Hi there, here is part two of my original post containing various reception videos for the amazing Tecsun PL-310ET pocket shortwave receiver. I continue to be amazed at the sensitivity and selectivity of this rather modest and diminutive receiver, particularly at it’s price-point of around £40 in the UK and less elsewhere! Here is the second half of the reception videos, with some nice signals from Brazil, Guinea, Ethiopia, Swaziland and India. You might notice that some of these catches involve the use of a 240 metre (approx.) length of barbed wire fence! I’m not sure how beneficial the electrical properties of the fence were, probably somewhere between not great and not good lol, but some pretty decent DX was had with the PL-310ET attached to it via the external antenna socket and a crocodile clip!

The barbed wire fence extends almost to the treeline on the horizon; about 240 metres

I hope you enjoy this set of reception videos, they certainly help to demonstrate the great performance of the PL-310ET and in addition of course, it’s ability to handle large antennas quite well. Embedded videos and text links follow below. Lastly, there are now approaching 1,200 reception videos on my YouTube channel Oxford Shortwave Log and I would like to take this additional opportunity to thank everyone for their support, friendship and advice.  In the meantime, I wish you all a very Merry Christmas, a Happy New Year and excellent DX!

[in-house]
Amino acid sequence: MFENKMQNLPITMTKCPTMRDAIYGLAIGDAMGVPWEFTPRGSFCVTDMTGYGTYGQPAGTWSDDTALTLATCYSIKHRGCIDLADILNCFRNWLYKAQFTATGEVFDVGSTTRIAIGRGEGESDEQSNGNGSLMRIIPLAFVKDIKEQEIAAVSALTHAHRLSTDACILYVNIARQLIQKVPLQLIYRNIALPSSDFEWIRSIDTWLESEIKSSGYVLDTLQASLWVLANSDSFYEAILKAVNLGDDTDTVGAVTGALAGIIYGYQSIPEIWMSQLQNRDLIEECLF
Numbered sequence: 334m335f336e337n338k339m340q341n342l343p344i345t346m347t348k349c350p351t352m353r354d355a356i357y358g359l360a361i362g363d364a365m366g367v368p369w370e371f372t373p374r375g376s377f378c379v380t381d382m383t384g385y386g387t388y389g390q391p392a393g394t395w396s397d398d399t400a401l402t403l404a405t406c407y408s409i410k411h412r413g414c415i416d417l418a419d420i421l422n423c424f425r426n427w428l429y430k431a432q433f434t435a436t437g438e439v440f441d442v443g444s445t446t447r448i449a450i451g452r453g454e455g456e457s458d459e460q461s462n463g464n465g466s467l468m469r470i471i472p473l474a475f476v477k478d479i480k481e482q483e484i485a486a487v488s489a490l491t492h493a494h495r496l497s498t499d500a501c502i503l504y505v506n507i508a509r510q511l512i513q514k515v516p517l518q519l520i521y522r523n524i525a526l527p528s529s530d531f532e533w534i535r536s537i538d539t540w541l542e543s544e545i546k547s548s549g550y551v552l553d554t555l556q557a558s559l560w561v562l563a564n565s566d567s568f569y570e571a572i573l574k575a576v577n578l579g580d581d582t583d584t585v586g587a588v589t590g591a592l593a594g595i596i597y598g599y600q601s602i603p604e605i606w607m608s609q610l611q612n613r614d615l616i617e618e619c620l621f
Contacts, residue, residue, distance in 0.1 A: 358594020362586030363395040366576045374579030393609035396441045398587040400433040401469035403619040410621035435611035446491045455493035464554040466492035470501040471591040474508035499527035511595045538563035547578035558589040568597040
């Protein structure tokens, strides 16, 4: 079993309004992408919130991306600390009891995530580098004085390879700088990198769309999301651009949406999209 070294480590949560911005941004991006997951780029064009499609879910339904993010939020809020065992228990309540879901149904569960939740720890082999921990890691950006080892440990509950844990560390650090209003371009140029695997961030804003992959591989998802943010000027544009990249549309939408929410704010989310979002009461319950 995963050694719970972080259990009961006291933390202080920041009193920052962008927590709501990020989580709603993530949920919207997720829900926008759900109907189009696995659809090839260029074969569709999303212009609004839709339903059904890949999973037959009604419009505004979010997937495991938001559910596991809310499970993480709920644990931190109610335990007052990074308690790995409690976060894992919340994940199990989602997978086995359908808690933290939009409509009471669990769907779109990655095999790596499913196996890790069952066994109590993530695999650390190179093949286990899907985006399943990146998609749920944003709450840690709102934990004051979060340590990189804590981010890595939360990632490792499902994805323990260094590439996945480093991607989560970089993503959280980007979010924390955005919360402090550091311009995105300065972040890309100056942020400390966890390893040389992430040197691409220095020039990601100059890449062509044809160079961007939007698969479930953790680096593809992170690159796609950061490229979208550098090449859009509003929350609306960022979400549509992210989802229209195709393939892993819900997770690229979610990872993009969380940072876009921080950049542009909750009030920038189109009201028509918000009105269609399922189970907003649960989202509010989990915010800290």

Clint Gouveia is the author of this post and a regular contributor to the SWLing Post. Clint actively publishes videos of his shortwave radio excursions on his YouTube channel: Oxford Shortwave Log. Clint is based in Oxfordshire, England.

 

 

Director General of All India Radio: “it is agreed by all that shortwave will stay”

All India Radio (AIR) Headquarters in Dehli, India. Photo courtesy of Wikipedia.

All India Radio (AIR) Headquarters in Dehli, India. Photo courtesy of Wikipedia.

Many thanks to SWLing Post reader, Mike, who shares a link to the following interview with Fayyaz Sheheryar, Director General of All India Radio. I’ve pasted a couple of Sheheryar’s responses below–click here to read the full interview.